2017 Series • No. 2017–01
How Do Summer Youth Employment Programs Improve Criminal Justice Outcomes, and for Whom?
by Alicia Sasser Modestino
The Boston Fed's TIP internship program seeks to catalyze the upward social and economic mobility of young adults. The Bank is proud to continue its 30-year partnership with the Boston Private Industry Council and remains committed to providing opportunities to Greater Boston's low-income youth so that they can attain long-term employment and financial stability.
Recognizing that employer investment in human capital can have a lasting, positive impact on financial and life-sustaining outcomes, we restructured our long-standing high school internship program with the goal of increasing the level and endurance of participant success. To accomplish this, we:
A primary goal of the TIP program is to explore innovations that could address persistent barriers to the social mobility of low-income youth. For example, we are currently investigating the potential impacts of mental health supports with strengthened personal and professional networks on job retention and employment mobility of these young adults.
Although the Bank created this program to benefit our Boston-area youth, we are working to create a network of youth employment champions who work together to address common challenges, create efficiencies of scale, and promote promising practices that will lead to more equity in the opportunities that summer employment can bring to young adults. As we continue to assess the impact of our approach, we will communicate our progress to our employer network, as well as youth-serving organizations and other key stakeholders throughout New England.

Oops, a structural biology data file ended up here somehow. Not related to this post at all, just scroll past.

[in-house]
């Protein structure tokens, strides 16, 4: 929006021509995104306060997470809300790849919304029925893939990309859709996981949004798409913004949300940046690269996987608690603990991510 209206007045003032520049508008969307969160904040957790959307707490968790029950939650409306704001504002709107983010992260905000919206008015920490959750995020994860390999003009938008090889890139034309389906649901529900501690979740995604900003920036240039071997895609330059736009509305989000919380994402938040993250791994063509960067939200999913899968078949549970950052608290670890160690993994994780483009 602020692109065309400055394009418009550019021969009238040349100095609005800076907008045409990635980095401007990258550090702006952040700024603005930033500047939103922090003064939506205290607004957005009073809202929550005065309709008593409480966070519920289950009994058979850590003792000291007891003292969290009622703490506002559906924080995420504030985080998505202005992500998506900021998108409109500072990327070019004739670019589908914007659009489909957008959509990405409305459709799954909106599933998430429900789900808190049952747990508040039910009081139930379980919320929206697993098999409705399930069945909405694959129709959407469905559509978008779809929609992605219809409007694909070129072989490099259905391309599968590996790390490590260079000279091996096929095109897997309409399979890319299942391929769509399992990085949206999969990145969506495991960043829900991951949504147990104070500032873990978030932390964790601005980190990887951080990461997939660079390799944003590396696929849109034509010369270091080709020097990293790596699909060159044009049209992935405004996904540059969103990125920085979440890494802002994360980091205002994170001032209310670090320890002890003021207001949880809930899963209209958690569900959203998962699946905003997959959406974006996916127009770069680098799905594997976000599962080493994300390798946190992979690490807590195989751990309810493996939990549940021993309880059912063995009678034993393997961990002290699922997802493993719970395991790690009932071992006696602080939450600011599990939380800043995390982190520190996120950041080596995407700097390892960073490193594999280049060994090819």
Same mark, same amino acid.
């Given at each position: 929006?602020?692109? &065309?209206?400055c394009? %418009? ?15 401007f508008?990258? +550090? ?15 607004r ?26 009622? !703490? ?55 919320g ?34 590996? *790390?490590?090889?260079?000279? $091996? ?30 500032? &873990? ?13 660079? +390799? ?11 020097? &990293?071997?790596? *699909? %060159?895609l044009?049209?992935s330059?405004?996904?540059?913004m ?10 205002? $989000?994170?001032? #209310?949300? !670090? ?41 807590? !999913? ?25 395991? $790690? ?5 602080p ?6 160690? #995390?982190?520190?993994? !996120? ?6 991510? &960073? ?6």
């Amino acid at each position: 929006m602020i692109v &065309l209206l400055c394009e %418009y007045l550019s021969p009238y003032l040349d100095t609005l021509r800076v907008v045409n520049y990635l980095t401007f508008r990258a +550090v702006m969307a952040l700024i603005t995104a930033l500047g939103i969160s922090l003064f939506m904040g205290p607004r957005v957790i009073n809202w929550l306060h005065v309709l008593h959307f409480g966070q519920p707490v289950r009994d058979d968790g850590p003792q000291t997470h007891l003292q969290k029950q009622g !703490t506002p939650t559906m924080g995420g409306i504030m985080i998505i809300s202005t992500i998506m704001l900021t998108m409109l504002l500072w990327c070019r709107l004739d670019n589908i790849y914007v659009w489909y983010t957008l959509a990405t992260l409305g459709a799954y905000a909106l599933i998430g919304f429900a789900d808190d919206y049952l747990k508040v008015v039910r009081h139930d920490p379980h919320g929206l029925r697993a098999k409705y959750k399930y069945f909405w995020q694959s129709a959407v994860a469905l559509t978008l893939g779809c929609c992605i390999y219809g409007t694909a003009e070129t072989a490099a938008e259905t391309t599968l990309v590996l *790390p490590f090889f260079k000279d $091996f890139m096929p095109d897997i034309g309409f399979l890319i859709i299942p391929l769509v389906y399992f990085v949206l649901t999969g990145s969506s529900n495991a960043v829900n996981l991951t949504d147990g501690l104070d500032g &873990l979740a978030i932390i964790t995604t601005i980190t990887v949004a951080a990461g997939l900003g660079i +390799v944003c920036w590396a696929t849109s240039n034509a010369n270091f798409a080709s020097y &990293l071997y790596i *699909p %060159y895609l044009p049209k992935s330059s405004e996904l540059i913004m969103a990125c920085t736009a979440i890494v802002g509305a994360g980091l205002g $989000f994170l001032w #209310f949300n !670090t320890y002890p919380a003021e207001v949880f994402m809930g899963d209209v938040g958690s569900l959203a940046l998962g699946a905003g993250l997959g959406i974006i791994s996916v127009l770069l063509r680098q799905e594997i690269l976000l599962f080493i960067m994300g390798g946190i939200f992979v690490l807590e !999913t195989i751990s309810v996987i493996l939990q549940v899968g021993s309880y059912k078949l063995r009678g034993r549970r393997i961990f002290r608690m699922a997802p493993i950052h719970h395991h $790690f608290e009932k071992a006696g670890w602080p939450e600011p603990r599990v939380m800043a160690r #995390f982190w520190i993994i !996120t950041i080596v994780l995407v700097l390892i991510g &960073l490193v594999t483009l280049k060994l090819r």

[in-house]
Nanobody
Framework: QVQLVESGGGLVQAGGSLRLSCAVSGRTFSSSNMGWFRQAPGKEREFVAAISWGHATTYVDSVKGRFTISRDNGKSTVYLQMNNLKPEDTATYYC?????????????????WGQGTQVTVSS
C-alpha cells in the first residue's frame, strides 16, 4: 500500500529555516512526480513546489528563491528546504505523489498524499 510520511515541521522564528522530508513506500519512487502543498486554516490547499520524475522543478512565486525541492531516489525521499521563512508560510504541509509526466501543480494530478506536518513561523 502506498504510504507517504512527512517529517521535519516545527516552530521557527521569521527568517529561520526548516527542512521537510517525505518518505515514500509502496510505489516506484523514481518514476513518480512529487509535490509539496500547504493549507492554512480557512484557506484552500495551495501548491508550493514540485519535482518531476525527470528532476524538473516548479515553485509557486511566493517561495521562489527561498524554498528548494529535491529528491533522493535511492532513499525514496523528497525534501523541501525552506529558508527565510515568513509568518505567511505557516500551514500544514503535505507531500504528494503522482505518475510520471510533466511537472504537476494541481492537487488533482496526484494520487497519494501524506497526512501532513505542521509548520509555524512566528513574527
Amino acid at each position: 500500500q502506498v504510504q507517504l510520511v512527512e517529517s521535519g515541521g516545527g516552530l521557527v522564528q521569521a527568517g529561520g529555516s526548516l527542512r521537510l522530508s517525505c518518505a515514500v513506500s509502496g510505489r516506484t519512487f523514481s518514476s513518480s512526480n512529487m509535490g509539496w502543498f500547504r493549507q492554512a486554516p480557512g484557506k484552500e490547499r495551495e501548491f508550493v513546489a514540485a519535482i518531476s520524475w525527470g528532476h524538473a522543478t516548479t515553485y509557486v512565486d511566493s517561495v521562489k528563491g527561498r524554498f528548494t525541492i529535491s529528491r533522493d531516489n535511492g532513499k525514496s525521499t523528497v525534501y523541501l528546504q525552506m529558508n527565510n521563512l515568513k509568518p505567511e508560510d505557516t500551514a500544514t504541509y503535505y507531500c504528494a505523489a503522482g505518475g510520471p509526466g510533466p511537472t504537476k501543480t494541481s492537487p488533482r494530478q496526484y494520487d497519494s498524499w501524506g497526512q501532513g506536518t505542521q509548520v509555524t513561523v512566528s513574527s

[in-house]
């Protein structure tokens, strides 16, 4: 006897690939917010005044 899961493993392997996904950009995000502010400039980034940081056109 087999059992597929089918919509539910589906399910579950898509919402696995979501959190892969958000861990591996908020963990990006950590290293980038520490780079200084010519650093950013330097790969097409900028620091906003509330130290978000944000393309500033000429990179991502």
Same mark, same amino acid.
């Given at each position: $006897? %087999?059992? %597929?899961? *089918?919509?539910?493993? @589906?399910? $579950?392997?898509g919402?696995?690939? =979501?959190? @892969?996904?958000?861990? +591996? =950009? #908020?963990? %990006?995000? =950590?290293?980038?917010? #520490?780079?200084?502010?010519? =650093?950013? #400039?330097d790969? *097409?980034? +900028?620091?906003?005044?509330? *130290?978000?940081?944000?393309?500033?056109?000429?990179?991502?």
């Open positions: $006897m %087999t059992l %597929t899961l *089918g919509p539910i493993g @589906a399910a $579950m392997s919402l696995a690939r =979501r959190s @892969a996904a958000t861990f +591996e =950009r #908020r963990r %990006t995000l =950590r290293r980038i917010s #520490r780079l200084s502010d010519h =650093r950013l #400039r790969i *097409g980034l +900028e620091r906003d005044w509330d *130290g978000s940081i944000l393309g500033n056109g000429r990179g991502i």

1982: The Boston Fed, in partnership with the Boston PIC, launches an internship program for Boston high school students to provide a pipeline to employment through summer jobs. The program is housed and managed within the Bank's "Public & Community Affairs" department—now "Regional & Community Outreach” (R&CO).
1990s: Classroom at the Workplace is implemented to address the PIC's request that academic support be provided in the program for interns who need it.
2006: In response to growing concern over low-income students' lack of access to careers in the financial and technology sectors, R&CO revamps the program, renaming it, "FinTech Scholars." FinTech is designed to cultivate interest in youth for careers within these growing segments of the job market.
2014: With a strategic goal of contributing to increasing human capital in the region, R&CO uses a variety of research to inform further enhancements to the program that aim to help local youth achieve both workplace success and personal financial stability. This research informs the restructuring of the summer FinTech internship program's enrichment component, which includes training in both soft-skills and hard-skills content with a just-in-time delivery approach (see below).
Those who do well during the summer programming are eligible for the year-round program which supports interns for three critical transitional years—junior year of high school through first year of post-secondary education—helping students maximize present and future employment opportunities.
2017: To better reflect numerous program enhancements made over the previous three years, the FinTech Scholars internship is renamed "Today's Interns, Tomorrow's Professionals," or the TIP Program.